From edgy art spaces to Viking-style cuisine and kayaking near porpoises, our experts give some fresh takes on the region. For more holiday ideas, see our 1,000 Dream Trips
1. Oslo’s modern art scene
The Norwegian capital is carving out a growing reputation as a head-turning, Scandi-fresh art and architectural destination.
Why it’s special
Here’s a city with some thumpingly good art galleries and major works, whose harbourside is being transformed by a new wave of architectural landmarks. It’s delightfully easy to navigate by foot or bike, and never gets overloaded by visitors, meaning you will sometimes have a gallery all to yourself.
Tjuvholmen island, criss-crossed with bridges over its canals, has become a contemporary art hub, with independent galleries such as Peder Lund holding kooky shows. The scene-stealer is the Astrup Fearnley, designed by Renzo Piano, which hosts regular exhibitions and has a private collection of work by artists including Olafur Eliasson, Damien Hirst, Jeff Koons and Richard Prince.
There are many smaller galleries dotted around town, including 1857, Standard, VI, VII and edgy artist-run spaces such as NoPlace. Up above the city, with views of the islands, is the Ekeberg Sculpture Park, where sculptures surrounded by woodland paths include works by Louise Bourgeois, the Chapman Brothers and James Turrell. It’s mirrored by an older sculpture park on the other side of the city, devoted to the fleshy statues of Gustav Vigeland.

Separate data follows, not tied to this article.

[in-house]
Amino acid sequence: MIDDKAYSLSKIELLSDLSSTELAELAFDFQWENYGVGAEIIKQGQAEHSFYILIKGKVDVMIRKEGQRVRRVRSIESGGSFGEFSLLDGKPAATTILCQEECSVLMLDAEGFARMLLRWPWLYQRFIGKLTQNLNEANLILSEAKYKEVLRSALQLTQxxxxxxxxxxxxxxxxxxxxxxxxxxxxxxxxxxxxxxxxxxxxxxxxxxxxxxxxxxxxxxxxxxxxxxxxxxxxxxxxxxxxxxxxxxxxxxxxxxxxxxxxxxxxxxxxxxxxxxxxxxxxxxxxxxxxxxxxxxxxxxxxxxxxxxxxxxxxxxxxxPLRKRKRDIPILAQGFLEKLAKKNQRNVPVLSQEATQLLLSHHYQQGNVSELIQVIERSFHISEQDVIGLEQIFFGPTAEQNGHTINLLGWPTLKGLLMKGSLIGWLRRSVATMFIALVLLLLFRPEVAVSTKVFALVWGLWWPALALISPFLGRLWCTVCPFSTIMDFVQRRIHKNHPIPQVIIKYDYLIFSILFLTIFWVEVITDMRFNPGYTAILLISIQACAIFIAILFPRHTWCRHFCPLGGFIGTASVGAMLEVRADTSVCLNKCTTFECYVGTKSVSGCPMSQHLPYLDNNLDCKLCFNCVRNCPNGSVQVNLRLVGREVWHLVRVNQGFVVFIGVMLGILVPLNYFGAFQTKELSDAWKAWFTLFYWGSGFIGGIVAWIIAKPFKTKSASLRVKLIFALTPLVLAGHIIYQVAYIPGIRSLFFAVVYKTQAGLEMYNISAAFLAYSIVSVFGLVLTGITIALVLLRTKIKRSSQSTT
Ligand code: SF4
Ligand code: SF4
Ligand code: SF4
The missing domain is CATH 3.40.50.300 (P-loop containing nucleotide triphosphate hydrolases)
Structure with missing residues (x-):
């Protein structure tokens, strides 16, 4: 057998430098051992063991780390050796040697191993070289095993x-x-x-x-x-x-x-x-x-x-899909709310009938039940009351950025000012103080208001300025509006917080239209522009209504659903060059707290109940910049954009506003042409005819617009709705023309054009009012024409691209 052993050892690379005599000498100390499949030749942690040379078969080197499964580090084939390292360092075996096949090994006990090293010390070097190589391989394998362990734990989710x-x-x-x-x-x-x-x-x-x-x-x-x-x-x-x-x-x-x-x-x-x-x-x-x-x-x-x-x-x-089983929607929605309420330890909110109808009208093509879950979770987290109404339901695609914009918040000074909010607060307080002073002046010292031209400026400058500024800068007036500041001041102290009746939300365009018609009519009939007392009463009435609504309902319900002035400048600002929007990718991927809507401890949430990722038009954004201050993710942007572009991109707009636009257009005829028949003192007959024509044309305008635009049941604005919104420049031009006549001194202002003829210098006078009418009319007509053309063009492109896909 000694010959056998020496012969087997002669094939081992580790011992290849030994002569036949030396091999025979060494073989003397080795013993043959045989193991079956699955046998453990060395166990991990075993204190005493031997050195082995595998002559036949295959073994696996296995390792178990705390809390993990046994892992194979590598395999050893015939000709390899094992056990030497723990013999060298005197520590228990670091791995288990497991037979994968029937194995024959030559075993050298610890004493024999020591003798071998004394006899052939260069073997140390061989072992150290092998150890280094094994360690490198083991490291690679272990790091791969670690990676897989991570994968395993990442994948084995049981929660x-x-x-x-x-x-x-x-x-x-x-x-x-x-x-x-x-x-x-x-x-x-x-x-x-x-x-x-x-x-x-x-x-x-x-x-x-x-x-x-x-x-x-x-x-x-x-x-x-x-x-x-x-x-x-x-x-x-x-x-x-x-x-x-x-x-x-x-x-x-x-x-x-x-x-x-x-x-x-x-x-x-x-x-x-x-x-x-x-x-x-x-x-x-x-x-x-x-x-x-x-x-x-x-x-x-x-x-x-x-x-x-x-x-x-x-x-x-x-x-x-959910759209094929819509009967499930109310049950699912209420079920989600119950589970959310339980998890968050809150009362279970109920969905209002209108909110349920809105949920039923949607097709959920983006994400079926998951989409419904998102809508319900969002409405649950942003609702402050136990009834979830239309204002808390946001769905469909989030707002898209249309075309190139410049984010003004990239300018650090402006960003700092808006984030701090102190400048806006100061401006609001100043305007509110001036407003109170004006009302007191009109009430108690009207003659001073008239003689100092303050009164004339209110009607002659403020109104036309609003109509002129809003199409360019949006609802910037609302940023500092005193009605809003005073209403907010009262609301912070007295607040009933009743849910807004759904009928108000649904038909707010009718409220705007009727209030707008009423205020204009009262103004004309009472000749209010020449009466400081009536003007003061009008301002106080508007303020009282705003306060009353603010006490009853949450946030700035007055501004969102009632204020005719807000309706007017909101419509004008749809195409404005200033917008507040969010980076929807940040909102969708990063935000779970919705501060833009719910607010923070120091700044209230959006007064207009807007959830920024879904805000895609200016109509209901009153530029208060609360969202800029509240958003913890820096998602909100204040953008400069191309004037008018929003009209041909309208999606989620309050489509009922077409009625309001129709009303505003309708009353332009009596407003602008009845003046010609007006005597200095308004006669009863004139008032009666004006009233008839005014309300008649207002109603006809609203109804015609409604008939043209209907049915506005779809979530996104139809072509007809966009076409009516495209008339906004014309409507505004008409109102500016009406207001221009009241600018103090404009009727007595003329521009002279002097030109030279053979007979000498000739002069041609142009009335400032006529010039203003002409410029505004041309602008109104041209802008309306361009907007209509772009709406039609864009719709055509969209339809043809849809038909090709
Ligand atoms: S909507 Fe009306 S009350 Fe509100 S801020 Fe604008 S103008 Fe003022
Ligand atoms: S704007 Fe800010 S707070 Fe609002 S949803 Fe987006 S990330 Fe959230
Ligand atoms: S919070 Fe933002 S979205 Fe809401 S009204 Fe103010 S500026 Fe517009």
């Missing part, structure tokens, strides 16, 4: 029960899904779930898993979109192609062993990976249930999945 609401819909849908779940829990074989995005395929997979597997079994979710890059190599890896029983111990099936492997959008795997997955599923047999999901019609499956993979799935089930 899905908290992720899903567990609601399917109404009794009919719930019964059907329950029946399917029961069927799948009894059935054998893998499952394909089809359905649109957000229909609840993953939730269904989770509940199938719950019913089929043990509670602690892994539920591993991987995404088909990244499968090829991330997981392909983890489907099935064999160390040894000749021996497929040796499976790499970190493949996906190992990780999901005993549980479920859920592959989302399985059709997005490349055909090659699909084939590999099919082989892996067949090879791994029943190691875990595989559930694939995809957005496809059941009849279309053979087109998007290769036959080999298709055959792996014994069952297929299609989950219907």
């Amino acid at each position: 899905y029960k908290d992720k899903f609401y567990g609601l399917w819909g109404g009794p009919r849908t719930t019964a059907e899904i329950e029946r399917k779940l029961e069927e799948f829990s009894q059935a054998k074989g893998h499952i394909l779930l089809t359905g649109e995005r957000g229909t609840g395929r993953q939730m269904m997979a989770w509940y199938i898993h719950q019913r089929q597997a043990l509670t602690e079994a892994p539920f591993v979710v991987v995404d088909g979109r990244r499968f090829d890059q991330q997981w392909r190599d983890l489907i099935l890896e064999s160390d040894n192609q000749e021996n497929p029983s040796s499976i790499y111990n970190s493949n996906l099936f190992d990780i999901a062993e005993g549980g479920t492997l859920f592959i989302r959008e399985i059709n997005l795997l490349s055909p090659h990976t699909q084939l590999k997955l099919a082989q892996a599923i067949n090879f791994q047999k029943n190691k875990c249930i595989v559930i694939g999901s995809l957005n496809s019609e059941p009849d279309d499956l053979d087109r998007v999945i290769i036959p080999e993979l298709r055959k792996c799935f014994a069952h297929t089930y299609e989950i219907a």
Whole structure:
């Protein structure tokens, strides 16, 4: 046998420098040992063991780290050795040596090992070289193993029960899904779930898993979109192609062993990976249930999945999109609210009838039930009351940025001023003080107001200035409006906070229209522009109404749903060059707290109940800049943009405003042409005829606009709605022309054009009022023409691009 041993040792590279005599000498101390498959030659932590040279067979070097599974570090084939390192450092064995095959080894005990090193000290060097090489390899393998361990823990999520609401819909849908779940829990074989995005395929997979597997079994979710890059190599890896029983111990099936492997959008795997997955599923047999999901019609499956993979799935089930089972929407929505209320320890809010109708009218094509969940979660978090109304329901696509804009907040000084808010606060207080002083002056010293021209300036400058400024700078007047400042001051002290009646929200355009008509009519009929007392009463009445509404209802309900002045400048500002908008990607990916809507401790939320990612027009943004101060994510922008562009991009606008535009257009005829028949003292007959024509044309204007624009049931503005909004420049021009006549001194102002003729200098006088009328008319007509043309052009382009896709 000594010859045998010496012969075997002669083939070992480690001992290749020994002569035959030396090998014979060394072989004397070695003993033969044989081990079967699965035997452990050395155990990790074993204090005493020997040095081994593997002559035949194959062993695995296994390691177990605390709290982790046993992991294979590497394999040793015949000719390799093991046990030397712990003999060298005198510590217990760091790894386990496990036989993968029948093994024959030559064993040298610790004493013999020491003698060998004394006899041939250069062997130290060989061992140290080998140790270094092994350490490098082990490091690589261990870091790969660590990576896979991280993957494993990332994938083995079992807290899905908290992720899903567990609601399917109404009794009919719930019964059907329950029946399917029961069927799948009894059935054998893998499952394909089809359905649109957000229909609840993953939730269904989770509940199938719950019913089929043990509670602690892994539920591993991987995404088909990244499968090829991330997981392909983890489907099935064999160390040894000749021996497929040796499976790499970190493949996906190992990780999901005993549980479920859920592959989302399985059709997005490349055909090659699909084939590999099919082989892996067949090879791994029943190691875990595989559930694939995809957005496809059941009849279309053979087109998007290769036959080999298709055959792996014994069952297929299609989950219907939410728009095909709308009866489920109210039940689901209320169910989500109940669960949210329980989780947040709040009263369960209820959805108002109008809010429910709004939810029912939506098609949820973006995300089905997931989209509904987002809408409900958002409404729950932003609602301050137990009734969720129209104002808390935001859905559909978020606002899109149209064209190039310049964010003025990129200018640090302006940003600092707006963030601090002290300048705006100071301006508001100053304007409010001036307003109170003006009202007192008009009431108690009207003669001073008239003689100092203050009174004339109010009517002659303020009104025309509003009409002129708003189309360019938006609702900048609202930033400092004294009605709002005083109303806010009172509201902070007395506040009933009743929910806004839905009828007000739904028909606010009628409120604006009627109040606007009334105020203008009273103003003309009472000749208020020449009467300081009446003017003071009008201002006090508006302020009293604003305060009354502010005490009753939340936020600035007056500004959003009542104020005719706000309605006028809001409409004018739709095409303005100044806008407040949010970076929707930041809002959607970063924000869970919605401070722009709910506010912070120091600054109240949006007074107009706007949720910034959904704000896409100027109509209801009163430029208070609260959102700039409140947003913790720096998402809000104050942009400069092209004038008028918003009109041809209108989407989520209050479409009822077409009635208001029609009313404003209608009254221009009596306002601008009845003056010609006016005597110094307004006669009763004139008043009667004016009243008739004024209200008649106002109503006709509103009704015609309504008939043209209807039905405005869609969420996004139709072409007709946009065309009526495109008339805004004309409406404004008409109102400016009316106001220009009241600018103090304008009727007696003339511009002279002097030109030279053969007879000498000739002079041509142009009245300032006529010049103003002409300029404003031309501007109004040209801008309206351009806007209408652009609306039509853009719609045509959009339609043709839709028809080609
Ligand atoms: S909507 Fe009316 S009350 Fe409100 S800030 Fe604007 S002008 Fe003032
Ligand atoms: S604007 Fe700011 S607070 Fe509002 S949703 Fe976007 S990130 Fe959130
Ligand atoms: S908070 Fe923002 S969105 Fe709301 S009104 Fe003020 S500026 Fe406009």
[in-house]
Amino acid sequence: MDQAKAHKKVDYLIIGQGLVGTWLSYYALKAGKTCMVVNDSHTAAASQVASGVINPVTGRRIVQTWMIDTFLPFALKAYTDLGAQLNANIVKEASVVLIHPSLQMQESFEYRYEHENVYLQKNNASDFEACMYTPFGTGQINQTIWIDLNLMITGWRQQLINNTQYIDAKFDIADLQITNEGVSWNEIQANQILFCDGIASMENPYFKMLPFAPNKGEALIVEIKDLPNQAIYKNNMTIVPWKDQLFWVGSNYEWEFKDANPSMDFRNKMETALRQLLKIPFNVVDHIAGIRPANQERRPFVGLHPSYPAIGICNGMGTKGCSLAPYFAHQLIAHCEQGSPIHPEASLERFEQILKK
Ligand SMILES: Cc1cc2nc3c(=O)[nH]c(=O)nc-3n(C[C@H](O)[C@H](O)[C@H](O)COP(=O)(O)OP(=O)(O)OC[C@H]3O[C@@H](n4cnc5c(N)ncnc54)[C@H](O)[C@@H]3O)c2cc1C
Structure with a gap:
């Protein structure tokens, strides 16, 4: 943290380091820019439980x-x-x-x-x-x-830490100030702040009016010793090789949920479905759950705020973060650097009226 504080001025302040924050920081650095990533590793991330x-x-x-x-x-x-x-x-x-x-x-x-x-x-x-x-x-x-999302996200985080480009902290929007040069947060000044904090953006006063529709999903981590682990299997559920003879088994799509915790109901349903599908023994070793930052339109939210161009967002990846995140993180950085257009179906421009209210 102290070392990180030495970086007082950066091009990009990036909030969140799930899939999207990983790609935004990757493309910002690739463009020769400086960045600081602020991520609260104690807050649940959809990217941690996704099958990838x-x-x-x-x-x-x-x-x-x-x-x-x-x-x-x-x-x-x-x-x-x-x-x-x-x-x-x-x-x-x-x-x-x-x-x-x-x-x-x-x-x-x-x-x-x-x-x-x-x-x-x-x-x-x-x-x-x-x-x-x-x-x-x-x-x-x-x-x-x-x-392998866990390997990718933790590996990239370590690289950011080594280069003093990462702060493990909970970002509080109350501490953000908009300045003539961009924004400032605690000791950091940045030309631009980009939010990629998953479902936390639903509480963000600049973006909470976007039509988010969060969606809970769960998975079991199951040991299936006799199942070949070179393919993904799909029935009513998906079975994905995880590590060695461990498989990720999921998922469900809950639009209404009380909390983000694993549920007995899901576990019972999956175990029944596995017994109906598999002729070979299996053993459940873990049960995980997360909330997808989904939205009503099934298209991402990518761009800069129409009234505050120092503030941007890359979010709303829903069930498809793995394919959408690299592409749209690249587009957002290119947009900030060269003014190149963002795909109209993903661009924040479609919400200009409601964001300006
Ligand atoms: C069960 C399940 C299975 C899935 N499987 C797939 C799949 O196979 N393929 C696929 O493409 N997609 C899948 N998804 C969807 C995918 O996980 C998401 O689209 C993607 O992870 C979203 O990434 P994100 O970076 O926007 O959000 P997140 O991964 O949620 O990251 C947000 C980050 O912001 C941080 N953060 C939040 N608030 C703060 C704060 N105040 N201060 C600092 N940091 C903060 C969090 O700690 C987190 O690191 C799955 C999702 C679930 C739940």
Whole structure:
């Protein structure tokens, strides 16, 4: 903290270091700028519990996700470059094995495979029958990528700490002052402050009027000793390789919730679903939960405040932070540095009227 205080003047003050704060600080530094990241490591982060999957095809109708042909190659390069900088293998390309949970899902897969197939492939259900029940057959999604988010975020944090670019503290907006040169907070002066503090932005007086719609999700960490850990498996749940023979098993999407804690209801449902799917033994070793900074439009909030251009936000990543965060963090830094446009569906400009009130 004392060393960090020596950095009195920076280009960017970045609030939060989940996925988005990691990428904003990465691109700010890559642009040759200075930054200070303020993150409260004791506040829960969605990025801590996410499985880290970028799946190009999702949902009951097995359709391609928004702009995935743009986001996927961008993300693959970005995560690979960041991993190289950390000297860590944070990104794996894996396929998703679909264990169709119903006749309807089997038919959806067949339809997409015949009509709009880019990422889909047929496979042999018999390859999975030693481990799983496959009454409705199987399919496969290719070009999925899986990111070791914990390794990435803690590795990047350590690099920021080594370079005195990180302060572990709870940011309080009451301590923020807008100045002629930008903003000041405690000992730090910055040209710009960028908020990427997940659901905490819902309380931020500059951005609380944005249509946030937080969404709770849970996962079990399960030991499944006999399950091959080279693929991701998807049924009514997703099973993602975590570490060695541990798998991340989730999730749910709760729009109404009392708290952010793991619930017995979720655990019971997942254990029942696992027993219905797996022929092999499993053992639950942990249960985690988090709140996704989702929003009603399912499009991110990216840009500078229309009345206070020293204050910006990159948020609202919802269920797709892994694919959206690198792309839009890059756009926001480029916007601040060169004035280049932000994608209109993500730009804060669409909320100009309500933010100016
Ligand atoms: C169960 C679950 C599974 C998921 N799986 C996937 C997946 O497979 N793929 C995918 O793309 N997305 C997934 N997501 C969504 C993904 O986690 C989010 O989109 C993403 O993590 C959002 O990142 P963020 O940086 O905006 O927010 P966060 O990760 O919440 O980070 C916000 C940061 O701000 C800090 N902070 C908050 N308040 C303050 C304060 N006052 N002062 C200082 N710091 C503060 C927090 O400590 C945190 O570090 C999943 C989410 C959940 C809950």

Oslo is also home to the coolest architects of the moment: Snohetta, whose glacier-like opera house is set on the harbour near the new National Museum and the Munch Museum. With your senses sharpened by art, it’s time for a sauna: there are floating options on the harbour, and sauna huts at the Salt cultural project, from which you can emerge and jump straight into the sea. Bracing.
2. Sweden’s beautiful south
With white-sand beaches, rugged peninsulas and remote farmland, Skane is a back-to-nature destination with a creative capital.
Why it’s special
Skane has it all: wild sandy beaches, pretty harbour towns, untouched countryside and a serious food scene with artisan producers and innovative chefs. Start in Malmo, the province’s capital, where the Old Town’s design district is great for homeware shops and galleries, Malmo Saluhall food hall (malmosaluhall.se/en) buzzes with locals, and the St Knut neighbourhood is full of coffee shops; Linda Dahl, co-founder of Matkaravan food tours (matkaravan.se/information-in-english), can show you the best.
Head north for hiking in Kullaberg Nature Reserve (kullabergsnatur.se/en) and kayaking around the peninsula, where you might spot seals and porpoises. The Sofiero Palace (sofiero.se/en), famous for its dahlias and rhododendrons, is a must for garden fans. In summer, stop in the nearby town of Molle for lunch at Brandstation, a former fire station on the harbour, or Molle Krukmakeri, a pottery studio, pizzeria and garden café (mollekrukmakeri.se). And don’t miss the island of Ven, a 30-minute ferry ride from Landskrona, where you can hire a bicycle and explore lanes lined with sunflowers and quaint cottages.
3. Dine in Denmark’s coolest city
Buzzing Aalborg leads the way for North Jutland’s contemporary cultural scene, where the wide-open coastal landscapes are a breath of fresh, salty air.
Why it’s special
Hip, post-industrial Aalborg, fizzing with nightlife, great food and street art, is Denmark’s coolest city. It’s a terrific starting point for a tour of North Jutland’s salt-tanged open spaces and Viking heritage.